Current Research

The Gastric Pathobiology Research Group was started in 1984 and is a continuously funded (NIH/VA) research consortium that has published more than 400 papers in the field of neuroendocrine tumor biology, pathophysiology and history. People involved include surgeons, Ph.D.'s, surgical residents, technicians and visiting scientists from different countries and institutions. Seventy fellows and Ph.D.'s have been involved with our group over the last twenty-five years. The overall specific research areas are in brief as follows:

In the stomach, the elucidation of the growth factor-mediated transformation process of the enterochromaffin-like cell (ECL) in the Mastomys model of gastric neoplasia, as well as identification of potential therapeutic targets for Type I and III gastric neuroendocrine tumors.

In the small intestine and rectum, the delineation of tissue molecular signatures that define neuroendocrine tumor behavior (proliferation, secretion and metastasis) and can be used in predictive and prognostic models. Establishment of neuroendocrine tumor cell lines, development of novel 2- and 3-cell type models and the identification of targets in the microenvironment that can be used to modify neuroendocrine tumor behavior (fibrosis and metastasis). Development of nomograms that can be used prognostically to predict patient survival or response to therapy.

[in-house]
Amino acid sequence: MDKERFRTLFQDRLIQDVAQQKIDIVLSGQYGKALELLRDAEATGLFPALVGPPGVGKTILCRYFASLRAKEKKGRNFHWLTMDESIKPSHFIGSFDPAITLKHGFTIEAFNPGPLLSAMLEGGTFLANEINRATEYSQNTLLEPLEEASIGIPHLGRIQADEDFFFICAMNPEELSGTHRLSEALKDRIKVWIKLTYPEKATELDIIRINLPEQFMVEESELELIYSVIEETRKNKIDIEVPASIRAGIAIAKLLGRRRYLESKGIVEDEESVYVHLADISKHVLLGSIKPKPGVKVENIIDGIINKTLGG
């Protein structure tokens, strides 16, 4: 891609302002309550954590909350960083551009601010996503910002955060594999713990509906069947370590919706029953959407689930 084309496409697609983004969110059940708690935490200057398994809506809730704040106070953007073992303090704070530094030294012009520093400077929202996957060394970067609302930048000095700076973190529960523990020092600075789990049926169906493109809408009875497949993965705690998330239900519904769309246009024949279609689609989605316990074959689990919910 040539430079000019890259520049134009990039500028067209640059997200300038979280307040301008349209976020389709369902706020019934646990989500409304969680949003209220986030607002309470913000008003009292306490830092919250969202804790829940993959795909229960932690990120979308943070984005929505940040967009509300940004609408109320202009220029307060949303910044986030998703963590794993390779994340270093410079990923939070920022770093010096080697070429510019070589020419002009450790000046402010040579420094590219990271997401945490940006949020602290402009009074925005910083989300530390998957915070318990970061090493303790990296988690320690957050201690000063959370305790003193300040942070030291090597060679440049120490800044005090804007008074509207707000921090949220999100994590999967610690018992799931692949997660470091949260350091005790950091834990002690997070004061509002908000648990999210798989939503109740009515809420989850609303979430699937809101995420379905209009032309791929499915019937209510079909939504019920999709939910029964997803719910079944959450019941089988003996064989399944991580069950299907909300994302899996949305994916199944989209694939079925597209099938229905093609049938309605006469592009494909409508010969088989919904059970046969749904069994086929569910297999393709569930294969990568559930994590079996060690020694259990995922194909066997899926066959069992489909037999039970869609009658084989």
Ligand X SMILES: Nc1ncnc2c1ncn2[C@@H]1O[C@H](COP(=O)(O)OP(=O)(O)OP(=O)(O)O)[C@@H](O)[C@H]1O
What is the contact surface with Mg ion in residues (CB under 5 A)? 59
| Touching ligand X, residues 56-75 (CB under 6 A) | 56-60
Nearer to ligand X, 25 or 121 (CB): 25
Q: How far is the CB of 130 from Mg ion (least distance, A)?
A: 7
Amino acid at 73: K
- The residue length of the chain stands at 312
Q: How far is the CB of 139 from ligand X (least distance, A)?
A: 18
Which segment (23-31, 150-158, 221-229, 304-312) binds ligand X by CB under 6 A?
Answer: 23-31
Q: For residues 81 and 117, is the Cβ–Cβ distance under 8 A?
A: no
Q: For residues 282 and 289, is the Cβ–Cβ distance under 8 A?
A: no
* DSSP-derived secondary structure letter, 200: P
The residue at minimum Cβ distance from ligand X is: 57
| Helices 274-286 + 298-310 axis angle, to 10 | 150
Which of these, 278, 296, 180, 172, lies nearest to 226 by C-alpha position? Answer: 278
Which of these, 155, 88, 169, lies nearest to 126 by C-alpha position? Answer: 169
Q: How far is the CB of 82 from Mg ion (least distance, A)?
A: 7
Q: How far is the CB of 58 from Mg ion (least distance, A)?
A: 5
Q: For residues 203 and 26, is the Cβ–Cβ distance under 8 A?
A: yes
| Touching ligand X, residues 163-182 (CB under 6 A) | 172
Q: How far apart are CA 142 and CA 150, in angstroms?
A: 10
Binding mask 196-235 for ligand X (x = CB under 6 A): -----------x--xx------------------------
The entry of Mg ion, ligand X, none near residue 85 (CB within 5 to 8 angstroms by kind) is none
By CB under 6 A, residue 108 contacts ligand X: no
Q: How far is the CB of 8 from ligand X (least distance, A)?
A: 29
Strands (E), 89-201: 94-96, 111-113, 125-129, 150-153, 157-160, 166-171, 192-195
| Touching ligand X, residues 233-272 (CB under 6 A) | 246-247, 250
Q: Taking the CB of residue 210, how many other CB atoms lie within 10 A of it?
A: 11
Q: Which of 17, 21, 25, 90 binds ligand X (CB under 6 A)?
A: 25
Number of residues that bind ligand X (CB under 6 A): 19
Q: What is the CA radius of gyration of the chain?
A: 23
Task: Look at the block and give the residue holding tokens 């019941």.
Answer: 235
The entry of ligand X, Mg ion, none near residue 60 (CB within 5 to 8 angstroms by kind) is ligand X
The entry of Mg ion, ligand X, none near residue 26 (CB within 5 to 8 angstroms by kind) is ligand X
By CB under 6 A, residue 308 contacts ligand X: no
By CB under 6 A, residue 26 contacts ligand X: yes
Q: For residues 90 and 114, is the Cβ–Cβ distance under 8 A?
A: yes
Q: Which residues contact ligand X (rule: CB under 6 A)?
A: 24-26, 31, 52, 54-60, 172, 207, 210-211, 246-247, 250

A multidisciplinary team has been established with collaborators from the Departments of Pathology and Mathematics, the HHMI Keck Institute (Affymetrix and Proteomics), and Medical Oncology at Yale University as well as with investigators in Norway, Germany, the United Kingdom and Israel. Established methodologies currently utilized include neuroendocrine cell isolation and enrichment, cell culture and in vitro analysis, microarray profiling and sequencing of rodent and human samples, real-time PCR, tissue microarray construction and analysis, and biostatistical data evaluation.